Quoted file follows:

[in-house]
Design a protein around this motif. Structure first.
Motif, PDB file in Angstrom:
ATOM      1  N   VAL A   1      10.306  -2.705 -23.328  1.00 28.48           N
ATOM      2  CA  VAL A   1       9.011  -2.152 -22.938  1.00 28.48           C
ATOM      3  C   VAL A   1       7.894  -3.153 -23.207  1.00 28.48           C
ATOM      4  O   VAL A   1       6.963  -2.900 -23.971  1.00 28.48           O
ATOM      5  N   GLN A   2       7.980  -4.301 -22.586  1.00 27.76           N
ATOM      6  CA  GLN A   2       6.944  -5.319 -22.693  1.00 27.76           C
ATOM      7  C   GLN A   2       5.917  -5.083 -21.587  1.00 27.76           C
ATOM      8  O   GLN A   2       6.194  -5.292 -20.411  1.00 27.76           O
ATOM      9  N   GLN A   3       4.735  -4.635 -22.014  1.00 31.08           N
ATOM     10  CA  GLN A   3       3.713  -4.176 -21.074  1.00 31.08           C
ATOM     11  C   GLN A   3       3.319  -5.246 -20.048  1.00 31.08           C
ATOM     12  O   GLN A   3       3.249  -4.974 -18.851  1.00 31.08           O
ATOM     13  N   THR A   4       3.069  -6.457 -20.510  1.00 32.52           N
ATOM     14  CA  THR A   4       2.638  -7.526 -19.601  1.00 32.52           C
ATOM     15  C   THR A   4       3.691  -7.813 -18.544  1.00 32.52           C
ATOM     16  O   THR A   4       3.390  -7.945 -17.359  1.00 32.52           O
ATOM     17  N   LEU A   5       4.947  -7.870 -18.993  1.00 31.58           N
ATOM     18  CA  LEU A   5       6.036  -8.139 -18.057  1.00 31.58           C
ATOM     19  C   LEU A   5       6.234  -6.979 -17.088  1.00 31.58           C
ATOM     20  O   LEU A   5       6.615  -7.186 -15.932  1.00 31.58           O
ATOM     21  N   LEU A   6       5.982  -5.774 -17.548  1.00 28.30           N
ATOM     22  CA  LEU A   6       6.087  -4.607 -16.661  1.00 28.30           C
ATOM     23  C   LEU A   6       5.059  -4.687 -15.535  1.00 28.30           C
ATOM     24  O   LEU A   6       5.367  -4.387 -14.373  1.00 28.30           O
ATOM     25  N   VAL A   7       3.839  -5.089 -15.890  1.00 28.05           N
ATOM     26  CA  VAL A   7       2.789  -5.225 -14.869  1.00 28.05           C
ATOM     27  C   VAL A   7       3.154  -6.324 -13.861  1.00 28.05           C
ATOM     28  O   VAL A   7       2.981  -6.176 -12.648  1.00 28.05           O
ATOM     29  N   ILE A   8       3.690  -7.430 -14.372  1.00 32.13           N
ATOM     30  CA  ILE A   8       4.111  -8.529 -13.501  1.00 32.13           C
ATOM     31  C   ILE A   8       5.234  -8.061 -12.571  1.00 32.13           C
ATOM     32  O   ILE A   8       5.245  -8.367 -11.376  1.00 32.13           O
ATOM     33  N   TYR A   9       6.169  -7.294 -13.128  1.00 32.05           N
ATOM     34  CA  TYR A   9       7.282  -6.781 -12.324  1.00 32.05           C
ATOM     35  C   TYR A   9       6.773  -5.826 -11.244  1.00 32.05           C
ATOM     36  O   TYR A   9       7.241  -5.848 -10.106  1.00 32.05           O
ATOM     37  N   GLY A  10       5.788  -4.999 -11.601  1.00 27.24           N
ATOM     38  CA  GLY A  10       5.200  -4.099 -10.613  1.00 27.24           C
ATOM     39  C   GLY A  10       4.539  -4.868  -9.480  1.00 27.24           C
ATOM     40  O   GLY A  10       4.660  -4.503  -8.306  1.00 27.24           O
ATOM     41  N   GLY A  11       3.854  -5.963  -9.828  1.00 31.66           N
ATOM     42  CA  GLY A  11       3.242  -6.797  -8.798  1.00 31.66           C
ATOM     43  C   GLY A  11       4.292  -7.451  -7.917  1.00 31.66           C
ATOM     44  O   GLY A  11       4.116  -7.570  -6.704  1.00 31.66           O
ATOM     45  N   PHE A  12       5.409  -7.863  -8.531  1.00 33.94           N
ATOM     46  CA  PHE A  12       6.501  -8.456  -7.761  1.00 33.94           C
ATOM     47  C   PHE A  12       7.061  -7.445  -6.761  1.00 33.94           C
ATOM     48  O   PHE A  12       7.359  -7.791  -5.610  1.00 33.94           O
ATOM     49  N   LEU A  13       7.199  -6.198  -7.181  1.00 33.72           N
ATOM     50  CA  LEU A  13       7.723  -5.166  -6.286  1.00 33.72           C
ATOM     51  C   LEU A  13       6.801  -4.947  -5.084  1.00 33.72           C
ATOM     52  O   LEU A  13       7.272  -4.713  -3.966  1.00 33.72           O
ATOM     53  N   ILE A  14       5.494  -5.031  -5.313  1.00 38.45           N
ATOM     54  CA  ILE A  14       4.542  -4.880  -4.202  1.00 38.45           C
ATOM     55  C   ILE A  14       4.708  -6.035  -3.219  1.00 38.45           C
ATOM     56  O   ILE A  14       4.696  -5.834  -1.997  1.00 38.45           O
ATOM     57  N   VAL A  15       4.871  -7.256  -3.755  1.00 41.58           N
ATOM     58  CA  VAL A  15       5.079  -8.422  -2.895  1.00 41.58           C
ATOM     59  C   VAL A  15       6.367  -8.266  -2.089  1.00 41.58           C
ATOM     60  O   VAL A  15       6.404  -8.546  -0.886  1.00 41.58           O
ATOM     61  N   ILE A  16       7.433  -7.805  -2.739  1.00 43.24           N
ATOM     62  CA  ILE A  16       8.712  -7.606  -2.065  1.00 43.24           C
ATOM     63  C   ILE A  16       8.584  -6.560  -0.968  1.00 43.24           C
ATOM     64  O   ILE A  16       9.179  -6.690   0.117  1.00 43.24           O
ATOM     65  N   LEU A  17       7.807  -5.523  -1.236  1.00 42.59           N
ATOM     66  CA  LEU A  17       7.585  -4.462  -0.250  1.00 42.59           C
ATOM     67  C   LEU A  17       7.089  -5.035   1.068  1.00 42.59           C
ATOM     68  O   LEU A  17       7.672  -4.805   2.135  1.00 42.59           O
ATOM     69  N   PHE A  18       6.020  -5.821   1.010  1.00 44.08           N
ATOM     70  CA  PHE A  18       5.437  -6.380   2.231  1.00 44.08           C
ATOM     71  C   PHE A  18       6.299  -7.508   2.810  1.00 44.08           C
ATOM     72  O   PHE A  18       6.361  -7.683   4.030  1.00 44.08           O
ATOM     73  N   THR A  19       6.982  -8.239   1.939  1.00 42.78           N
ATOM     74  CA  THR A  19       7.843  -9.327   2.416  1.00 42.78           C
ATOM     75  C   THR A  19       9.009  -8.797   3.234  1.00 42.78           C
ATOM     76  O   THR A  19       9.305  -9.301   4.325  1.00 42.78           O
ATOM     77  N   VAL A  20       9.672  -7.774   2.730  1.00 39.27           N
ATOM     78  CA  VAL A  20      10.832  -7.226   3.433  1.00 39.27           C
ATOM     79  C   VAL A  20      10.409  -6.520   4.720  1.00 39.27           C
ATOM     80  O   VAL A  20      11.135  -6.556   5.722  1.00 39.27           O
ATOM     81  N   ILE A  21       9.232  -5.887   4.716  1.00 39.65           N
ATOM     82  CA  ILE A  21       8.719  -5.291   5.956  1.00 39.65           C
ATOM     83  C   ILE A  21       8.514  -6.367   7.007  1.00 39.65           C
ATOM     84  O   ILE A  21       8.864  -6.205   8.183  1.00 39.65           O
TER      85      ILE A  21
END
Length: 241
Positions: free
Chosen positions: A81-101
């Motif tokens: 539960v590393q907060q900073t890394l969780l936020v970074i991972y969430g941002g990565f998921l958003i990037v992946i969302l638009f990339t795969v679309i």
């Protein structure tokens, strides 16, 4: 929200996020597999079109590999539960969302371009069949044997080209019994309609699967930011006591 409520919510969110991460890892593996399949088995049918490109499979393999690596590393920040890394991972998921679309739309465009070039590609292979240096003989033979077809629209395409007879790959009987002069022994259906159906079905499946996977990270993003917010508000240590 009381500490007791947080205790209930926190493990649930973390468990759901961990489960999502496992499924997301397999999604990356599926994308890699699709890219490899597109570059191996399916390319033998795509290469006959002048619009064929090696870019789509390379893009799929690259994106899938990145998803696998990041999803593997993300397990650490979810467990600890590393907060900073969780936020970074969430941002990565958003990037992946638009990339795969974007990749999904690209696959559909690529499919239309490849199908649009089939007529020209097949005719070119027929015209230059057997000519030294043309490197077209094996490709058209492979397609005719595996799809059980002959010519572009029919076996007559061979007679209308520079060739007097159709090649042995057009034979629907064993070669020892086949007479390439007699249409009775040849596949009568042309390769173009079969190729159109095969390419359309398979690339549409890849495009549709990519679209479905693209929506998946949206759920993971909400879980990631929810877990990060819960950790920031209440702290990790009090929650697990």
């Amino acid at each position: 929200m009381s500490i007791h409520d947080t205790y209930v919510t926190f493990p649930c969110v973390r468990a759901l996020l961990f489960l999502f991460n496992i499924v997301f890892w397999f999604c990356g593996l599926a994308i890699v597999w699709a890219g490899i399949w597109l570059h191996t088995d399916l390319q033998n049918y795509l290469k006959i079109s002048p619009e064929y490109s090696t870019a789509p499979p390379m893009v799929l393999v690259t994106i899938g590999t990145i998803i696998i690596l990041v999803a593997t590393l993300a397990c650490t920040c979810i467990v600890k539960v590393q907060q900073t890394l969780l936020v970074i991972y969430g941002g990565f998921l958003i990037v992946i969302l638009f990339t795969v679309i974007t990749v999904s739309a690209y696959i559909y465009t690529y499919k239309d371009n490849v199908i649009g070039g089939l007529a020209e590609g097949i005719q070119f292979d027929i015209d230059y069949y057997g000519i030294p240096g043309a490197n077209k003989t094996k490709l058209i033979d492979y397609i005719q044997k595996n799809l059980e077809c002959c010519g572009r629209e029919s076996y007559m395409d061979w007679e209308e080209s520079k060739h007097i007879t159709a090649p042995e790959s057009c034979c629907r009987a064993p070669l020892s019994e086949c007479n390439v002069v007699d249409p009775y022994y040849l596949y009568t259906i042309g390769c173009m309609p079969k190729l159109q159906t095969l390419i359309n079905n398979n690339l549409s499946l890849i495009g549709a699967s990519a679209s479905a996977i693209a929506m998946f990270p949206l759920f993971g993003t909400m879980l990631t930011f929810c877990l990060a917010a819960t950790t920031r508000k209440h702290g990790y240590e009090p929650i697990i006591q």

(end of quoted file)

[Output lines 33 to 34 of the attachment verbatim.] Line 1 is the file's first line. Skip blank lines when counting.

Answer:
ATOM     30  CA  ILE A   8       4.111  -8.529 -13.501  1.00 32.13           C
ATOM     31  C   ILE A   8       5.234  -8.061 -12.571  1.00 32.13           C